Tom Yardley, a principal with Nelson-Nygaard, a transportation planning firm, also tries to sell campuses on effective parking management, because it “can make a greener campus and create more open space,” he said. “Those are the campuses that are attracting the most talent and the most interest from students.”
His firm is working with a community college in Ohio with roughly 30,000 students, as it weighs whether to share investment in a new garage with neighboring institutions and businesses.
“They’re nervous about building a garage on their own because the autonomous-vehicle future could make garages into a bit of a liability by making them redundant,” Mr. Yardley said. “How it looks could be quite different, maybe space that could be flexed to different uses.”
Mr. Cohen advocates garage designs that use level rather than sloped floors and higher floor-to-ceiling heights so that the structures can be more easily converted to other uses, such as offices. The designs might increase the cost of a garage by 10 to 15 percent, he said, but the investment would pay off down the road with an easier retrofitting project.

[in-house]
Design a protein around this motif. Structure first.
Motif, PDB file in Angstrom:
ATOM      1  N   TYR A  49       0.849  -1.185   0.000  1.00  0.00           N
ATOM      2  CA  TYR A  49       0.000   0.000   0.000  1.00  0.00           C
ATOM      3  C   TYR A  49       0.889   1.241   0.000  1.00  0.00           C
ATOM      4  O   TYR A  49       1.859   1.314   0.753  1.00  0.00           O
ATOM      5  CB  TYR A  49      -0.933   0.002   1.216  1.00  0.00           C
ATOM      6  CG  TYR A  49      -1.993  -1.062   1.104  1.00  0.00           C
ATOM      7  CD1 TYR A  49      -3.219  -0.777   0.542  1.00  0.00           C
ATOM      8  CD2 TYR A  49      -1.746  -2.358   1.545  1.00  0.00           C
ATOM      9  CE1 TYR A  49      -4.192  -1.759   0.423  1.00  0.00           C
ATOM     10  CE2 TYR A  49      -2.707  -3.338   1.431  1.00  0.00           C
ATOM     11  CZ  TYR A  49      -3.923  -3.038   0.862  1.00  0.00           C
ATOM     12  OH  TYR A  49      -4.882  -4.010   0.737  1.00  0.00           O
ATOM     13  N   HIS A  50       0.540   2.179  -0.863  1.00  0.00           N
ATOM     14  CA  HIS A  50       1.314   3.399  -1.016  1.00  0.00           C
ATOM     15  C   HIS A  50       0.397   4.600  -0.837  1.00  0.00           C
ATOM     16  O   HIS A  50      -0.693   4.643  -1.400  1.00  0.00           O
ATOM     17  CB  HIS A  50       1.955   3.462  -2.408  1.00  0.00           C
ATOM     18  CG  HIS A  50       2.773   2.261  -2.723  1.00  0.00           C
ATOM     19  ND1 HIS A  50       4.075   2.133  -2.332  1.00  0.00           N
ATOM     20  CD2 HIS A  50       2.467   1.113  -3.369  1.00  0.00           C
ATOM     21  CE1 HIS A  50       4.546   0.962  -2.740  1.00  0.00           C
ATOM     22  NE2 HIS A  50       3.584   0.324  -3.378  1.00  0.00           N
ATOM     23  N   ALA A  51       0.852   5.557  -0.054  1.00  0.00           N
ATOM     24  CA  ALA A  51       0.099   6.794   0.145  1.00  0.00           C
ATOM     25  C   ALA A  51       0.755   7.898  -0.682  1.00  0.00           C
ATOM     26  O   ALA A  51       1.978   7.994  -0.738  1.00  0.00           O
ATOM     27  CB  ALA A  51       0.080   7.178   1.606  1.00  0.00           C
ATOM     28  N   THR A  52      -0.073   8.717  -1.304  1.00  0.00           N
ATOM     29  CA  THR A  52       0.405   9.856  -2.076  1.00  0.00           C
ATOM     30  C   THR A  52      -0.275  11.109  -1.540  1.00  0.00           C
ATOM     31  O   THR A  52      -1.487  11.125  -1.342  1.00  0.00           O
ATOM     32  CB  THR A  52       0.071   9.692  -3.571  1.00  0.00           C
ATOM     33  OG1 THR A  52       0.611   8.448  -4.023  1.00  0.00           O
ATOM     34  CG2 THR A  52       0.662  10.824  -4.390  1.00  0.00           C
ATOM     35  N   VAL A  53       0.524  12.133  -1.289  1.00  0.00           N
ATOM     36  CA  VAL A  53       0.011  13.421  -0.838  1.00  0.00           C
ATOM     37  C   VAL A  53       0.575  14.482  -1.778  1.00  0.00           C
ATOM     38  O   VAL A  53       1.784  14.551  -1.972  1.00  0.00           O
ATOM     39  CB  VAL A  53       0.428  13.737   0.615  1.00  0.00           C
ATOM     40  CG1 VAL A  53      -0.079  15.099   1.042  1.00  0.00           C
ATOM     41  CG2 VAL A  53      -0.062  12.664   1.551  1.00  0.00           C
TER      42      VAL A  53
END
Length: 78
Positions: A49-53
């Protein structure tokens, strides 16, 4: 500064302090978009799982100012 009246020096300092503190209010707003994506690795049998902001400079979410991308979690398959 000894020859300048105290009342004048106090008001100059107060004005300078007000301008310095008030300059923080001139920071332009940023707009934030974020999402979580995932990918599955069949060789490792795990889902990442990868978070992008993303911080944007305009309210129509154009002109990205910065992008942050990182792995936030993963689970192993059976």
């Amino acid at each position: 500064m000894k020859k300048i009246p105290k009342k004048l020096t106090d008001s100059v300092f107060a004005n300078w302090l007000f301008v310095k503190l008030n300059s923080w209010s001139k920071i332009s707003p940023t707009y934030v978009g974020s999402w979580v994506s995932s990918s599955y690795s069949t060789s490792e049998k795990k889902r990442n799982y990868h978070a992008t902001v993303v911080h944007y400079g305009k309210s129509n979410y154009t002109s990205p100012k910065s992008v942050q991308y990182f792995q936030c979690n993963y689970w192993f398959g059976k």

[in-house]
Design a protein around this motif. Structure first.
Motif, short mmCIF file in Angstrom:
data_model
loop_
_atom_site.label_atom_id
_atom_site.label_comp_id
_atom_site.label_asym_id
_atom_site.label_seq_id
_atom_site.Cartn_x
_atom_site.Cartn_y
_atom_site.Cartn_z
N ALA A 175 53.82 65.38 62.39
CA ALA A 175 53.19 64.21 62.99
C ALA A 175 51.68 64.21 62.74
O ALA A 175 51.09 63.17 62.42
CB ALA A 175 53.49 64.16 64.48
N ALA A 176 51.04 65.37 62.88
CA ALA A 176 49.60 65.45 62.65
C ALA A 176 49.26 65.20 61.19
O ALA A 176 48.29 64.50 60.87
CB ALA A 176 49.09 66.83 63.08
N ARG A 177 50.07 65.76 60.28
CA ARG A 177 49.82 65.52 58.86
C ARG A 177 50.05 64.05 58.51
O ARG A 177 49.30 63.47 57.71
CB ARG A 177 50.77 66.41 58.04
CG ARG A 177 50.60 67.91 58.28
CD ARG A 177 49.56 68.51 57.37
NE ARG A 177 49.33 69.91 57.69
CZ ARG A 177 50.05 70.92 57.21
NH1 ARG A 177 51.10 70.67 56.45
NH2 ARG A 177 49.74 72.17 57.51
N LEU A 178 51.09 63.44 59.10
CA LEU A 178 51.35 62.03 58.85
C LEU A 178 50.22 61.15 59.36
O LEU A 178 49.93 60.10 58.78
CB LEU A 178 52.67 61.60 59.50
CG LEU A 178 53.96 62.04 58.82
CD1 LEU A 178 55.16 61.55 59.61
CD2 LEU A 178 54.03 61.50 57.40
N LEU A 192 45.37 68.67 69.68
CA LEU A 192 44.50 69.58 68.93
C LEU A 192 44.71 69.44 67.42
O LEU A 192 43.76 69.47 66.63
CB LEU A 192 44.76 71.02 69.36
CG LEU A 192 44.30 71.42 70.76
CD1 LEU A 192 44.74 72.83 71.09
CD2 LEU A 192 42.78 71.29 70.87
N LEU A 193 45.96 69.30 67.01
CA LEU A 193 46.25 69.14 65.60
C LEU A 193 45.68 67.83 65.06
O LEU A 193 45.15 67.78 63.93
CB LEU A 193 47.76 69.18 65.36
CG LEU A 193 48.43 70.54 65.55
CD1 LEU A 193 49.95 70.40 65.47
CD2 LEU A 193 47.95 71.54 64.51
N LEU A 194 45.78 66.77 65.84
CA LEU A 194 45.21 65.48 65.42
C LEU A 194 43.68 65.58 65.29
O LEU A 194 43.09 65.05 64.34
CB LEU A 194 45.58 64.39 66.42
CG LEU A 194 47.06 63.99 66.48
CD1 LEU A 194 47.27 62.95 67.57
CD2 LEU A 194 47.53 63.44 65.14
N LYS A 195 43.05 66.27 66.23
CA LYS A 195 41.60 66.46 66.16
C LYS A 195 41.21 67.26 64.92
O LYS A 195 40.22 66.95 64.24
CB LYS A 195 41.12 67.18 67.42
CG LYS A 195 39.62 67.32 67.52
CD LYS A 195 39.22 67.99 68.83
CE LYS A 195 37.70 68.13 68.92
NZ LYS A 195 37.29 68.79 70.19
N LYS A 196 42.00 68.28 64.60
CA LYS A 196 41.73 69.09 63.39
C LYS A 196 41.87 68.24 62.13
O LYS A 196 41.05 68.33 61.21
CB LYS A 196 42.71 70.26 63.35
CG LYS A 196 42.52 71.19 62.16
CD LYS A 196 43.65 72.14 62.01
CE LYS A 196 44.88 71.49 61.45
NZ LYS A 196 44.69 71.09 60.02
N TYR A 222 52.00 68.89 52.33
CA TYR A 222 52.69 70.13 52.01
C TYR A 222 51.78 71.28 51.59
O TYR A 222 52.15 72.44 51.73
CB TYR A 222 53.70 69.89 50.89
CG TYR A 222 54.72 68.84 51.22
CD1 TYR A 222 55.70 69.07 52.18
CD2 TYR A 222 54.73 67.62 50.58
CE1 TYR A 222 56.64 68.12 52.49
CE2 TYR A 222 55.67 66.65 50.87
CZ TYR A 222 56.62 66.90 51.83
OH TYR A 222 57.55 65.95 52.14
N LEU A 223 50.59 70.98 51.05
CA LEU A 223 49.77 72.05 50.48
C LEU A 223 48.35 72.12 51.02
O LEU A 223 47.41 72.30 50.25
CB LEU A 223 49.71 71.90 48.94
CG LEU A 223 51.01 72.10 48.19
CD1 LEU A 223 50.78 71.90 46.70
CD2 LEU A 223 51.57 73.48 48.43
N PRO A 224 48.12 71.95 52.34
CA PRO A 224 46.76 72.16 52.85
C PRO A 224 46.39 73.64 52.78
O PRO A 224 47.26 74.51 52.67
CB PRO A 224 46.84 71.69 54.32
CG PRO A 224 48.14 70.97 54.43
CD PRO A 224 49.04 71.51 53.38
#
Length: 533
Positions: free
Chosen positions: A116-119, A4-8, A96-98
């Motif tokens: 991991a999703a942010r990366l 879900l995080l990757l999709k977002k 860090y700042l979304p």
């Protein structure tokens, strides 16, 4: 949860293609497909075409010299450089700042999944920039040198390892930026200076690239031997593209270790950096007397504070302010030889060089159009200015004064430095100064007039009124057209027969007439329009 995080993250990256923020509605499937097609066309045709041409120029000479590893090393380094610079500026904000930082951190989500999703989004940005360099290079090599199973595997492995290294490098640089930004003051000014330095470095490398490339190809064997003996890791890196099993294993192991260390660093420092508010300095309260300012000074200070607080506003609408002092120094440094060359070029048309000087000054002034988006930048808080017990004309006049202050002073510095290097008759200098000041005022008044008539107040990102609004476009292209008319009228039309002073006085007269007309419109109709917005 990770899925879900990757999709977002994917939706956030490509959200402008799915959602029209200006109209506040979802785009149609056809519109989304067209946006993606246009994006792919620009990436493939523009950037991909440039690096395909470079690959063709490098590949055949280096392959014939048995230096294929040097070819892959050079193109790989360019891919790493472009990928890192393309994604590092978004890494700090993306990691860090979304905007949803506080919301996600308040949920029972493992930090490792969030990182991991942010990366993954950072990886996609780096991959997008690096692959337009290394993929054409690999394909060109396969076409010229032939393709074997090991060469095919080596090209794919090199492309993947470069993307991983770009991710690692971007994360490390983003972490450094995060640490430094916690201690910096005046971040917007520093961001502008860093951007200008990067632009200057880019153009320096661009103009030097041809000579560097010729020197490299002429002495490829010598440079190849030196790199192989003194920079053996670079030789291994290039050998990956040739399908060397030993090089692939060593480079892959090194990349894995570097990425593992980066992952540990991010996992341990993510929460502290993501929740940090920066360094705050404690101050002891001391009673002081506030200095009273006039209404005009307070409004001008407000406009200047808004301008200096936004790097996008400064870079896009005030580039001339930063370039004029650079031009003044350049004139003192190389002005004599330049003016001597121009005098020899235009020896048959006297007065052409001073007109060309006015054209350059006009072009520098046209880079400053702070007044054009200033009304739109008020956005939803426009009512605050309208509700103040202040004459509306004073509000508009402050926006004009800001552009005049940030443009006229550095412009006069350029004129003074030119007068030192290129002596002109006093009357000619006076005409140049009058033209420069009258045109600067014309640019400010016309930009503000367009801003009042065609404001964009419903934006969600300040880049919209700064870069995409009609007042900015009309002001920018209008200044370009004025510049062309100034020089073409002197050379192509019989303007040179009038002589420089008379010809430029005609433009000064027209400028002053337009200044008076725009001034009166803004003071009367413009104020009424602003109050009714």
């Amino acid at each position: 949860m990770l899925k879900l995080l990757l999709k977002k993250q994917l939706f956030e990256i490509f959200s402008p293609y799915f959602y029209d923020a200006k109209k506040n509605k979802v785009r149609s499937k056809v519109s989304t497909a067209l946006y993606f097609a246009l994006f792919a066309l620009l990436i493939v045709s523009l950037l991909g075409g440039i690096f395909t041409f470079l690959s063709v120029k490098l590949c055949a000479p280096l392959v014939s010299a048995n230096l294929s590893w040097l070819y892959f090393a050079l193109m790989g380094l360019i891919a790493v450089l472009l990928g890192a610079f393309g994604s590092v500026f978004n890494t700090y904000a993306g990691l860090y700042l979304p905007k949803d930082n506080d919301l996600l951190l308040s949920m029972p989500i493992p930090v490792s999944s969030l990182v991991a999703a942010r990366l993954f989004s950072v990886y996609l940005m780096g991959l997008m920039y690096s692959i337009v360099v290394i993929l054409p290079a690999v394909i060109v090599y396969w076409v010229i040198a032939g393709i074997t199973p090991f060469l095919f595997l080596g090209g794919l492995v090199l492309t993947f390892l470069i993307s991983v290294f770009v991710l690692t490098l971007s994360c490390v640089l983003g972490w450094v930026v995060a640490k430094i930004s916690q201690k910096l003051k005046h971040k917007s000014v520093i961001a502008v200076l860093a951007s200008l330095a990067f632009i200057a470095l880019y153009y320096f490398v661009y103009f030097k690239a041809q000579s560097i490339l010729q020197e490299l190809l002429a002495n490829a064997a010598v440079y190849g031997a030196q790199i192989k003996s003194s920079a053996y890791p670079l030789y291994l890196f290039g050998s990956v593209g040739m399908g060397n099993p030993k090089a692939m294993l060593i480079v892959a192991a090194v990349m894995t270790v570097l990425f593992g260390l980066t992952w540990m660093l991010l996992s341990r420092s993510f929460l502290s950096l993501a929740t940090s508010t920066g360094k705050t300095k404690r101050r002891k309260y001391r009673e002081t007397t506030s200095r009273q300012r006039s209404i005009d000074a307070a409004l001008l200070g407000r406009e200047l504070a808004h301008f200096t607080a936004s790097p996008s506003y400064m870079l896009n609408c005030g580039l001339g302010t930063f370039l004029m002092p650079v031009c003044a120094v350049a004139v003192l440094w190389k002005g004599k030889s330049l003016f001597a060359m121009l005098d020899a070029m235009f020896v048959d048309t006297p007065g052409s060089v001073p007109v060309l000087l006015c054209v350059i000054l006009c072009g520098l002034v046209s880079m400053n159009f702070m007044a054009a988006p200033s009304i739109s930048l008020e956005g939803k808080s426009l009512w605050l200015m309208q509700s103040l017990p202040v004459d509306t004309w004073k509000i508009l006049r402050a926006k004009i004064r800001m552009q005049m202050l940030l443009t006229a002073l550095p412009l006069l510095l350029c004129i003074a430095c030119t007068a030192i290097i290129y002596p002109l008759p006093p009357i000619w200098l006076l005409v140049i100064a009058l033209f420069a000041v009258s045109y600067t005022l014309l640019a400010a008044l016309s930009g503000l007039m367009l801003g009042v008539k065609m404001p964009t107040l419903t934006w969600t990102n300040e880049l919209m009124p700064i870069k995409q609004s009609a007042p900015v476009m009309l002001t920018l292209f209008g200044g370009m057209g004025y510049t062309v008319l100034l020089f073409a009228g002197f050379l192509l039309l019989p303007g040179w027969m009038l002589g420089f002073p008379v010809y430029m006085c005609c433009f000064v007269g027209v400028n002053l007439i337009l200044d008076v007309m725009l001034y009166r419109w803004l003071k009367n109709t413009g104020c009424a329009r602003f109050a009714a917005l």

Some universities are building mixed-use garages, which can be a more efficient use of land and help ensure maximal use of spaces. Northwestern University, in Evanston, Ill., has built two mixed-use garages in recent years, as part of a plan to move parking to the periphery of campus and free up more interior land for green space.
A 1,125-space garage at the north end of campus houses an entrepreneurship incubator known as the Garage, as well as a speech and hearing clinic open to the community. At the south end, a 435-space garage designed by Perkins & Will is home to the Segal Visitors Center. The building uses limestone and glass facades on the sides facing campus, and a facade with canvas, sail-like elements facing Lake Michigan and the university’s sailing center.
“We believe that it doesn’t really make sense to have space that is just for cars,” said Alan K. Cubbage, the vice president for university relations. “You want to use the space in a thoughtful way.”